Do you have an aspirational crochet – a complicated/challenging design that you want to crochet “some day” when you feel ready?
At the risk of sounding arrogant, I don’t think there is anything profoundly complex or challenging in crochet. Crochet can be time-consuming and there are plenty of techniques I don’t know or haven’t tried, or haven’t even been invented yet, but ever since my “big crochet revelation”, I know I am ready for just about anything. Bring it on!

What is coming next? What’s in your release queue?
I cannot tell you how excited I am about 2016! Lena and I are brewing two themed joint collections, which we plan to release in early spring and then in autumn. This is a completely new stage in our designing careers, since so far we have worked pretty much “solo”. It is also a big challenge for both of us, as we will need to bring our designs, colour choices, photography and pattern presentation together into one harmonious whole. We cannot wait to start on those!

Your desert island yarn? (if you could only knit with one yarn from now on which would it be?)
It would be Malabrigo! There is something about that yarn (luscious squishiness? stunning palette?) that makes me go back to it again and again.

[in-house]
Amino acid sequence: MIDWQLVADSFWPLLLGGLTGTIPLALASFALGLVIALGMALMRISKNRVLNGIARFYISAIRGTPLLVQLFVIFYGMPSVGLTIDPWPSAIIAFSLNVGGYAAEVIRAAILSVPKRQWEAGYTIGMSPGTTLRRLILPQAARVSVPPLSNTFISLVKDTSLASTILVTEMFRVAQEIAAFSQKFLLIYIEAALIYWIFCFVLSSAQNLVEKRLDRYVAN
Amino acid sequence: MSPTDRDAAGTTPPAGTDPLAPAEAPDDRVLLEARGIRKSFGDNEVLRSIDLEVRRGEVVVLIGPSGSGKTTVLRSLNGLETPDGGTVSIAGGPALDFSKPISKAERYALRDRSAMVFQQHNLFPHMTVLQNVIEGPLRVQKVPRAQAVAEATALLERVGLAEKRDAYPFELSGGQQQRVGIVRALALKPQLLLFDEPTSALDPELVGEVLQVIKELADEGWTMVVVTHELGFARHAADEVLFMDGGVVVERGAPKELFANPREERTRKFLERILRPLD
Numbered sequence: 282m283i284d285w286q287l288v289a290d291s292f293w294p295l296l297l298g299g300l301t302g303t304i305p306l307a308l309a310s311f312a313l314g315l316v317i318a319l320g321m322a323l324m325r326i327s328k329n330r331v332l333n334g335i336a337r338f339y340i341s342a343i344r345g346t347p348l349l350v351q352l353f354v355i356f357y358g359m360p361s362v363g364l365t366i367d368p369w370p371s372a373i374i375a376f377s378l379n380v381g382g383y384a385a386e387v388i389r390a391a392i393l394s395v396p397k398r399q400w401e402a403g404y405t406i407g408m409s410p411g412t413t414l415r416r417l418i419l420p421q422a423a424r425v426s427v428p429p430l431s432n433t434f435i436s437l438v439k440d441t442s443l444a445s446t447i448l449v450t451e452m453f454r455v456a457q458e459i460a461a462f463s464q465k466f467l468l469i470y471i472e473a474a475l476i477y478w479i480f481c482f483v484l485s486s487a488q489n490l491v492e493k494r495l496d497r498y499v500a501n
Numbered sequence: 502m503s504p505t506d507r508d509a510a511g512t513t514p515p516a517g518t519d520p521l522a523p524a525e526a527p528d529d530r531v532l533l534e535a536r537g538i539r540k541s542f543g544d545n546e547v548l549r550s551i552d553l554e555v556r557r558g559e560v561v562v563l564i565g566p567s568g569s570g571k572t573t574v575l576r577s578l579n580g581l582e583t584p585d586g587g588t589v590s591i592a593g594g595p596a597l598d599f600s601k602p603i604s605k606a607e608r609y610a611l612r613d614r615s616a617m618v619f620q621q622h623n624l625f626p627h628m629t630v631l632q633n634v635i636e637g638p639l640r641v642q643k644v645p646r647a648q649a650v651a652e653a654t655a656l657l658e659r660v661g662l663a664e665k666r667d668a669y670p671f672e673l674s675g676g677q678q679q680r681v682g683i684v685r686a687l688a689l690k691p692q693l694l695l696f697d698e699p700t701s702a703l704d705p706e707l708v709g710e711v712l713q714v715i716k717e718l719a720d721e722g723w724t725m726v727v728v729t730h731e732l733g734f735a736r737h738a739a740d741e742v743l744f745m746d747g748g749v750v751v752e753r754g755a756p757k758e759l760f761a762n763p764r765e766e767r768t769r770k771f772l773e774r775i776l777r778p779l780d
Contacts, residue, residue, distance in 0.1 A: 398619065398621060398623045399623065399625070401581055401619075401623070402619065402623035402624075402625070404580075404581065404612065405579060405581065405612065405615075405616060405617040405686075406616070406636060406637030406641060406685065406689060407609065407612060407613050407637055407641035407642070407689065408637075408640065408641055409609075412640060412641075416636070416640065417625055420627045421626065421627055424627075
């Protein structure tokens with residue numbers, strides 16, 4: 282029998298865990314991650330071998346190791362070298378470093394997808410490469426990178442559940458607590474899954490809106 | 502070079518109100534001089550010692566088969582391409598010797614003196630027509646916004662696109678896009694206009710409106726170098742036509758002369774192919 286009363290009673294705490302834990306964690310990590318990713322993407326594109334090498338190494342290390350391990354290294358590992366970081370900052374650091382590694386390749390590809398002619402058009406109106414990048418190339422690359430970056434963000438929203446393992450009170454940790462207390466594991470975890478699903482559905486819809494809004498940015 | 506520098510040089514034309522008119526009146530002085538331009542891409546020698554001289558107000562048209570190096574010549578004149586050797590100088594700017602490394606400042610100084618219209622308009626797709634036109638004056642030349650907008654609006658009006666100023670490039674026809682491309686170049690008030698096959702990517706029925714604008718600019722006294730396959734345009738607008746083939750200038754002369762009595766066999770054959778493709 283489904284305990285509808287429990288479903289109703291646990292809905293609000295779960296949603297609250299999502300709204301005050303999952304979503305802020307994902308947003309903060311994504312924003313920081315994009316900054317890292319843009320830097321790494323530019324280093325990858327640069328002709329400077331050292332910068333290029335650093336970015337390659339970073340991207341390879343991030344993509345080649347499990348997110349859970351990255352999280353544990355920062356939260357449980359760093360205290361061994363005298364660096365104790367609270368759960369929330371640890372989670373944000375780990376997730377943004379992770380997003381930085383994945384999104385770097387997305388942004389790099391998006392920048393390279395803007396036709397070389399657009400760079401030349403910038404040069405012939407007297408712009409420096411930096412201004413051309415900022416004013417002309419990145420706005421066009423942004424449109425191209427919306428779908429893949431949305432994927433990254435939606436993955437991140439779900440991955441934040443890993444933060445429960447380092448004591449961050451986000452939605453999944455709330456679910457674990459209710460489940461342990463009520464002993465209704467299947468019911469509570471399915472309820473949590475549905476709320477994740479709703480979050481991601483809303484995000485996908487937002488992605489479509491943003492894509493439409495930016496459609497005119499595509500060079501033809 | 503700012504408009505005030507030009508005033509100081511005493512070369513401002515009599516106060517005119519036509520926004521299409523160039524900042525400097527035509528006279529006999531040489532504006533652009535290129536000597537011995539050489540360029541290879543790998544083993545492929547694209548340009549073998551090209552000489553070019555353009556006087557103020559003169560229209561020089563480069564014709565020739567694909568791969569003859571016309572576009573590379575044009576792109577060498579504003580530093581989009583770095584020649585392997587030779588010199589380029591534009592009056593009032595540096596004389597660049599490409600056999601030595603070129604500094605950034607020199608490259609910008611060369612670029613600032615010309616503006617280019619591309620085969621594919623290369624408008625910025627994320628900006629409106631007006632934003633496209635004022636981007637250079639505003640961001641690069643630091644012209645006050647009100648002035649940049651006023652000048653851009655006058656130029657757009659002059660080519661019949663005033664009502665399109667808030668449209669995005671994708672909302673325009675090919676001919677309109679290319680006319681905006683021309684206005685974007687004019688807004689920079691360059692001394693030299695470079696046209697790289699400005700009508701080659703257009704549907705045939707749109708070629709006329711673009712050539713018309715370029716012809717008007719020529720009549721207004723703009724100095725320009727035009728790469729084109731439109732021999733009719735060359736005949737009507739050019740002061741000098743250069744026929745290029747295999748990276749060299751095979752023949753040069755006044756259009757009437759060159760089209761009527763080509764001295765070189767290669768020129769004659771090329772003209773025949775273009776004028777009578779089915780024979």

Which is your most under-appreciated design?
This would be my all of my garments. I wish clothing were more popular with crocheters!

What’s the one piece of advice you’d like to share with other crocheters?
Be adventurous! Learn a new technique, try thinner yarn, make yourself a sweater, get out of your crochet comfort zone! (Although this might sound “rich” coming from someone who likes stability and predictability!)

Any crocheting/designing New Year’s resolutions?
Get more people to make crochet clothing!

Of Sails and Waves

Of Sails and Waves

View all of Yuliya’s patterns here. All photos copyright Yuliya Tkacheva. All images used by permission.

You can find Yuliya on the following social media sites:

What is the Gift-A-Long? The GAL is a big knitting and crochet designer promotion with prizes and more than 5,000 people participating in a giant KAL/CAL. Come join the GAL group on Ravelry!

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Audrey II



Angular Path Scarf



Cartouche Stole



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Fossetta Hat



Sargaço Shawl



Whitman Hat



Every Which Way Cowl



Every Which Way Hat



Every Which Way Fingerless Mitts



Gothic Forest Scarf



Valencia Scarf



Branching Path Cowl



Flower Bell Stole



Whitman Cowl



New Tech Cowl



Vieux Carré Stole



Stacks Socks



Anna Perenna Shawlette



Taming of the Fox


Don't Ask Y

Cantilevering Leaves



Amplification Stole



Combs Cowl



Mindfulness Cowl



Tipsy Scarf



Gridwork Scarf